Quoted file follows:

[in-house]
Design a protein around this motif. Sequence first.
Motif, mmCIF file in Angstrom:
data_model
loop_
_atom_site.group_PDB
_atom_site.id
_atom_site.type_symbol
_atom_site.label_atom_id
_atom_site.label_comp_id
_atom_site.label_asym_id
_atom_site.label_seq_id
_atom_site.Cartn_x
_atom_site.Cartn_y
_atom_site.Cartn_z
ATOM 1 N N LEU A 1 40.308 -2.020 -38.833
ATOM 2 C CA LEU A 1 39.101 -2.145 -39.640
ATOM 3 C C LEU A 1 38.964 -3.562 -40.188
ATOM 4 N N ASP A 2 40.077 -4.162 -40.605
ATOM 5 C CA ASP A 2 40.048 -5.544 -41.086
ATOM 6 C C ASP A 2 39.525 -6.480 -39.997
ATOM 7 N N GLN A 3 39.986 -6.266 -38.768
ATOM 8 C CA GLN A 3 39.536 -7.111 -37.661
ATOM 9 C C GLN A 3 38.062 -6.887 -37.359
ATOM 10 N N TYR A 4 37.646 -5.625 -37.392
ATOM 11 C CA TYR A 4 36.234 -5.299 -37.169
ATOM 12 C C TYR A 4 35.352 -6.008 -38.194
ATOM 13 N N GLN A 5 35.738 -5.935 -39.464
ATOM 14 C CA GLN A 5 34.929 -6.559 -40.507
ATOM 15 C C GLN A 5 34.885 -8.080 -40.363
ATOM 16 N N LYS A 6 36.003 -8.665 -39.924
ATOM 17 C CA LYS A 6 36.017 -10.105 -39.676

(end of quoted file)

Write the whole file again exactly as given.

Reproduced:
[in-house]
Design a protein around this motif. Sequence first.
Motif, mmCIF file in Angstrom:
data_model
loop_
_atom_site.group_PDB
_atom_site.id
_atom_site.type_symbol
_atom_site.label_atom_id
_atom_site.label_comp_id
_atom_site.label_asym_id
_atom_site.label_seq_id
_atom_site.Cartn_x
_atom_site.Cartn_y
_atom_site.Cartn_z
ATOM 1 N N LEU A 1 40.308 -2.020 -38.833
ATOM 2 C CA LEU A 1 39.101 -2.145 -39.640
ATOM 3 C C LEU A 1 38.964 -3.562 -40.188
ATOM 4 N N ASP A 2 40.077 -4.162 -40.605
ATOM 5 C CA ASP A 2 40.048 -5.544 -41.086
ATOM 6 C C ASP A 2 39.525 -6.480 -39.997
ATOM 7 N N GLN A 3 39.986 -6.266 -38.768
ATOM 8 C CA GLN A 3 39.536 -7.111 -37.661
ATOM 9 C C GLN A 3 38.062 -6.887 -37.359
ATOM 10 N N TYR A 4 37.646 -5.625 -37.392
ATOM 11 C CA TYR A 4 36.234 -5.299 -37.169
ATOM 12 C C TYR A 4 35.352 -6.008 -38.194
ATOM 13 N N GLN A 5 35.738 -5.935 -39.464
ATOM 14 C CA GLN A 5 34.929 -6.559 -40.507
ATOM 15 C C GLN A 5 34.885 -8.080 -40.363
ATOM 16 N N LYS A 6 36.003 -8.665 -39.924
ATOM 17 C CA LYS A 6 36.017 -10.105 -39.676